4. 4. Index Introduction 6 Movement 68 Preface 6 Shedding light on social Foreword 8 innovation 70 Starting point 9 SI in action 72 Before take off 10 Social Innovation Innovation and in Action 72 social needs? 14 Starting with me 74 The story of Social Mapping out me 76 Innovation 16 Understanding the cultural On route to your destination18 context 78 The Need 82 The Map of SI 20 The need and the dream 84 Sectors 22 Target Group 86 Team and Resources 88 The Landscape 28 The Project 90 Corporate Social The Story 94 Responsibility 30 Corporate Social Innovation 34 Bon voyage 96 Public Innovation 35 Socially Responsible Glossary 98 Investing 37 Social Purpose Ventures 38 Sources 102 Is it the why or the what that maters 40 Non-Governmental Organizations 42 Social Entrepreneurship 44 Social Intrapreneurship 47 Before moving on 48 Famous Travellers 50 Table of do’ers 52 Muhammad Yunus 56 Dave Eggers 58 Marie So and Carol Chyau 62 Jimmy Donal "Jimbo" Wales 64 Natalie Killassy 66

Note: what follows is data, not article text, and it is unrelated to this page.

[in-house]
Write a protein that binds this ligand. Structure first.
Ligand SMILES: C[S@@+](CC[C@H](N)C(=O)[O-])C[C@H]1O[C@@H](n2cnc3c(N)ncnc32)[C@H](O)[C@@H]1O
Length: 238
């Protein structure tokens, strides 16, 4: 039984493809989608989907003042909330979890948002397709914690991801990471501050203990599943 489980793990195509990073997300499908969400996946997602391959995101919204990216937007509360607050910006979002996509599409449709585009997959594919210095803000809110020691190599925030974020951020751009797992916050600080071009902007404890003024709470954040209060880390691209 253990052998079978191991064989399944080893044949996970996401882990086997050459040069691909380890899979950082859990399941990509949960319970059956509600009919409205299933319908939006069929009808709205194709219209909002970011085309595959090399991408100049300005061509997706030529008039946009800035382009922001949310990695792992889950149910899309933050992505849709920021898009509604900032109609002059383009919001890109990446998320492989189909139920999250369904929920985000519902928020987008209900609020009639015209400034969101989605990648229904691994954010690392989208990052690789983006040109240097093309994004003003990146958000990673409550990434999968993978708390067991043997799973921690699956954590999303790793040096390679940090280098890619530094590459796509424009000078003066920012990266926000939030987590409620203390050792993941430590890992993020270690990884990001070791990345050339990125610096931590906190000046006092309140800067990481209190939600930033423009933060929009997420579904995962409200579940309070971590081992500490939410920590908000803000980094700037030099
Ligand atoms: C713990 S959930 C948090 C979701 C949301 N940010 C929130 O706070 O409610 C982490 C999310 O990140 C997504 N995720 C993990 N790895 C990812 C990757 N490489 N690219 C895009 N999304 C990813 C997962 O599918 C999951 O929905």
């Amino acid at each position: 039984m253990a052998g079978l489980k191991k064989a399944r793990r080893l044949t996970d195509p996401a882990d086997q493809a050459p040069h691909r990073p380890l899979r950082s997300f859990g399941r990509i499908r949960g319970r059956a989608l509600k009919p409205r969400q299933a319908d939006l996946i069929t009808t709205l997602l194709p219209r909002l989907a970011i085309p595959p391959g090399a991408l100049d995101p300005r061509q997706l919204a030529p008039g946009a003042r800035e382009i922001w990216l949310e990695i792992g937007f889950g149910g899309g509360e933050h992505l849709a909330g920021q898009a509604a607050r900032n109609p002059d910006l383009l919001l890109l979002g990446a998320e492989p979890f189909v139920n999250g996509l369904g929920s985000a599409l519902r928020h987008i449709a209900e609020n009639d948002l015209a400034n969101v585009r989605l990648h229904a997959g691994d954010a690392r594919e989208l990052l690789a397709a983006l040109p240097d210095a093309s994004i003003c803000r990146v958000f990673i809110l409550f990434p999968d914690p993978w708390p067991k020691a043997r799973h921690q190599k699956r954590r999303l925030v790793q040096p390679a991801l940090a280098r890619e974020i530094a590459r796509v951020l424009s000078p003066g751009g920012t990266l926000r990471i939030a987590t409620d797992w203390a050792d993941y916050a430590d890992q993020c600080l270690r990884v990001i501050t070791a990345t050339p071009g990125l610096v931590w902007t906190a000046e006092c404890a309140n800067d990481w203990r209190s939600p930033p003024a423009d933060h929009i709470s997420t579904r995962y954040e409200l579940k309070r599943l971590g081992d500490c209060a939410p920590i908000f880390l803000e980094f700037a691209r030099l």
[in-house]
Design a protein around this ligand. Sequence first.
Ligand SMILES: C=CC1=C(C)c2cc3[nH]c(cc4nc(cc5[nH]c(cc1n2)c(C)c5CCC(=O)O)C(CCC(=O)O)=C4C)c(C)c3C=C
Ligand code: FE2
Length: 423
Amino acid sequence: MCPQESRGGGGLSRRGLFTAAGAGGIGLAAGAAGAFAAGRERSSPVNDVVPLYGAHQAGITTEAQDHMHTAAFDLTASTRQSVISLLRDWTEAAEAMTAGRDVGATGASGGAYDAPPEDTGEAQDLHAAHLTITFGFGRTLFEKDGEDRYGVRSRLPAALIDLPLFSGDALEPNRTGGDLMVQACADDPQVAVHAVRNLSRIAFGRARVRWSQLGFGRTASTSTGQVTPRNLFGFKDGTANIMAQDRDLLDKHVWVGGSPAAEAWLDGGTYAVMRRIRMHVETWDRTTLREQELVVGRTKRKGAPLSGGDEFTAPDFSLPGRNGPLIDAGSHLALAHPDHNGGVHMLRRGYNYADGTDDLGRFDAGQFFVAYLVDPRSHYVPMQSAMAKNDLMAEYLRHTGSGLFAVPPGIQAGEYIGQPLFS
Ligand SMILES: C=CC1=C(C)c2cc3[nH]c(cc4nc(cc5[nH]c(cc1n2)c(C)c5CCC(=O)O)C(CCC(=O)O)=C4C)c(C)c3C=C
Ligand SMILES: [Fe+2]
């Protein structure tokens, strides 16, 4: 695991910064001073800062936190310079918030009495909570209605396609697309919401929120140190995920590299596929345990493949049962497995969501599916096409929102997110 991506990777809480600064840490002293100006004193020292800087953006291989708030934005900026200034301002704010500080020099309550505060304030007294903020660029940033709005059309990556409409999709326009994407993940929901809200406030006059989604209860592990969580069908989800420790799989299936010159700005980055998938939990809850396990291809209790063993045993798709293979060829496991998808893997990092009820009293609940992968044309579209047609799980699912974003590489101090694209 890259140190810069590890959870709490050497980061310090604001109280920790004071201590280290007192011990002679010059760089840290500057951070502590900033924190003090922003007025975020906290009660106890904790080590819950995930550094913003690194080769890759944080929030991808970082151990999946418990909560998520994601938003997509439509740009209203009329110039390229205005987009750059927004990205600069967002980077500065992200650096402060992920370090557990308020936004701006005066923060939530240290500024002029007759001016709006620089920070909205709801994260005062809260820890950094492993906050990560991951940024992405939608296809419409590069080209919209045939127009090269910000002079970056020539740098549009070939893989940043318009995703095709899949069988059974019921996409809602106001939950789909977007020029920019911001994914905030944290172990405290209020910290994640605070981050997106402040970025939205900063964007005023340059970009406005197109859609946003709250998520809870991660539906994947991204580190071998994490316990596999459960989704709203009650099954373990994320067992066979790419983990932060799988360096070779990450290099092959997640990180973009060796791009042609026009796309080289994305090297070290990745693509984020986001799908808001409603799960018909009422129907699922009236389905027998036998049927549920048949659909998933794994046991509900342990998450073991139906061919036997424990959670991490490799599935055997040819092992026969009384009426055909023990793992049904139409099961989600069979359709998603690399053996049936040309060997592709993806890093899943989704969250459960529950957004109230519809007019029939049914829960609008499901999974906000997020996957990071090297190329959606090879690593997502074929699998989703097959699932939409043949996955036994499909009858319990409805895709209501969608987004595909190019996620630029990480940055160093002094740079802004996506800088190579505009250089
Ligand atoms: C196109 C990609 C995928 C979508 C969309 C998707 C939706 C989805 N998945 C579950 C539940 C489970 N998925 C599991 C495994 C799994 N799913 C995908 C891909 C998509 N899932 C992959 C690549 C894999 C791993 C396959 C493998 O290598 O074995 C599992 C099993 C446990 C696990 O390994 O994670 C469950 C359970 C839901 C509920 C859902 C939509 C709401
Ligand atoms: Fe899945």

5. 5. Introduction Preface This book was conceived on a trip made by 34 students from the Ka- osPilots International in the spring of 2008. These 34 students, rep- resenting seven nationalities, travelled to the other side of the world with the purpose to explore the meaning of the term “social innova- tion”. After three months, these same students returned home to document their learnings in this book. Though Shanghai was our port social innovation was what we as- pired towards, digging it out of the concrete and steel of the hec- tic city. Only after returning home with the creation of this book did we find it. We found it through the sharing of knowledge that took place while we were working on the book and through the overview provided through the process of translating our findings into words. This is why the book you are about to read is in the format of a trav- el guide. It is our hope that it will make the journey into the abstract realm of social innovation easier for the travellers that follow in our footsteps, and that it will guide the traveller past dead ends of inac- tion in the labyrinthine jungle of theory where so many are lost, and into action; the place where we have come to believe social innova- tion reveals its true value. Our travels showed us that to embark on social innovation you need to embrace disorientation at first. Everywhere you look you find opposing views on what the term means and what it encom- passes. To us this confusion sparked both a need and an ambition: to bring social innovation out of the clouds and down to earth. It has not been our purpose to show the frustrations we went through on our path – though there were many – but through our findings to make it easier for coming travellers to navigate. Most important- ly, we felt a need to make the concept tangible to a reader in or- der to create a foundation for action. We are giving you as a reader the knowledge we would have liked to have had when we set off on our journey; how to be able to take action with a social purpose and spark innovations on your way. We have attempted to cut the path through the jungle bed. It is our hope that you will be inspired to walk it. Please forgive us any bushy parts you come across. As with any jungle, the shroud and veg- etation grows back in new ways on a daily basis and our method of cutting the bush might leave areas unexplored. Some of you may enjoy reading this book without wishing to em- bark on the journey like someone who enjoys browsing the pages of a travel catalogue. You are welcome readers. However, our intent